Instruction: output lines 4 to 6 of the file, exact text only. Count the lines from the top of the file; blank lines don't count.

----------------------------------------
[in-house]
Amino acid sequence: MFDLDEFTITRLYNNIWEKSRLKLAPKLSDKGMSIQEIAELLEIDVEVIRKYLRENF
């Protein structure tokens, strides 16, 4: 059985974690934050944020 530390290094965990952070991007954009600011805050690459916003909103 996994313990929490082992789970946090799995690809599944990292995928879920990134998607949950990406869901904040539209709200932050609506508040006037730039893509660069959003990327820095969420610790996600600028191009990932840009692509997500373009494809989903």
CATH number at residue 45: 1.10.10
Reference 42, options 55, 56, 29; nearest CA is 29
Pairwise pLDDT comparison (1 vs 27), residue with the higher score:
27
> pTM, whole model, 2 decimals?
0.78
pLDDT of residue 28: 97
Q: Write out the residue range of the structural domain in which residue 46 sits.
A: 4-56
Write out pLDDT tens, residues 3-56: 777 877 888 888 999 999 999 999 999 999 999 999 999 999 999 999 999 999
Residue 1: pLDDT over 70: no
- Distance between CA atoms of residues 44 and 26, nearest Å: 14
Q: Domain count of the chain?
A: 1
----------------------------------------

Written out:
CATH number at residue 45: 1.10.10
Reference 42, options 55, 56, 29; nearest CA is 29
Pairwise pLDDT comparison (1 vs 27), residue with the higher score: